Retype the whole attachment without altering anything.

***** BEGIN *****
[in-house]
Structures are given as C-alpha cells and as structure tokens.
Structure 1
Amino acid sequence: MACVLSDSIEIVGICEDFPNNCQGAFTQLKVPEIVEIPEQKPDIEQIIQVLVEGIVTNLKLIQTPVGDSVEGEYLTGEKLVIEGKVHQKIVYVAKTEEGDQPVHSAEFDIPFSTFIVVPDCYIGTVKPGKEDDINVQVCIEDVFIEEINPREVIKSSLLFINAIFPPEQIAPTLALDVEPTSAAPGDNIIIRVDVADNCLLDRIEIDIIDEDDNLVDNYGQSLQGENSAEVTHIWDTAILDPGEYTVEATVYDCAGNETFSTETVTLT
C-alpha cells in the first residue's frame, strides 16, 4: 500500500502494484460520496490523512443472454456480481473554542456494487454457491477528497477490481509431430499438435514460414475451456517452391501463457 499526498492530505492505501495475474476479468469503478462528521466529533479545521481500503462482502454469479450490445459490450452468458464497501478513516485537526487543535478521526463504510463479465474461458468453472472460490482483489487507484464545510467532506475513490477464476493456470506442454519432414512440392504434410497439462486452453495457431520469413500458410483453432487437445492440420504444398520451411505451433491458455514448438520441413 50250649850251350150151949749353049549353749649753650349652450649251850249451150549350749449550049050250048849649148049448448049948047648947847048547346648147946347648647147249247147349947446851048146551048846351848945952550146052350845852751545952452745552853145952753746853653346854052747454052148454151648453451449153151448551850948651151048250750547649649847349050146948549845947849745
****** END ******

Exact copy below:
[in-house]
Structures are given as C-alpha cells and as structure tokens.
Structure 1
Amino acid sequence: MACVLSDSIEIVGICEDFPNNCQGAFTQLKVPEIVEIPEQKPDIEQIIQVLVEGIVTNLKLIQTPVGDSVEGEYLTGEKLVIEGKVHQKIVYVAKTEEGDQPVHSAEFDIPFSTFIVVPDCYIGTVKPGKEDDINVQVCIEDVFIEEINPREVIKSSLLFINAIFPPEQIAPTLALDVEPTSAAPGDNIIIRVDVADNCLLDRIEIDIIDEDDNLVDNYGQSLQGENSAEVTHIWDTAILDPGEYTVEATVYDCAGNETFSTETVTLT
C-alpha cells in the first residue's frame, strides 16, 4: 500500500502494484460520496490523512443472454456480481473554542456494487454457491477528497477490481509431430499438435514460414475451456517452391501463457 499526498492530505492505501495475474476479468469503478462528521466529533479545521481500503462482502454469479450490445459490450452468458464497501478513516485537526487543535478521526463504510463479465474461458468453472472460490482483489487507484464545510467532506475513490477464476493456470506442454519432414512440392504434410497439462486452453495457431520469413500458410483453432487437445492440420504444398520451411505451433491458455514448438520441413 50250649850251350150151949749353049549353749649753650349652450649251850249451150549350749449550049050250048849649148049448448049948047648947847048547346648147946347648647147249247147349947446851048146551048846351848945952550146052350845852751545952452745552853145952753746853653346854052747454052148454151648453451449153151448551850948651151048250750547649649847349050146948549845947849745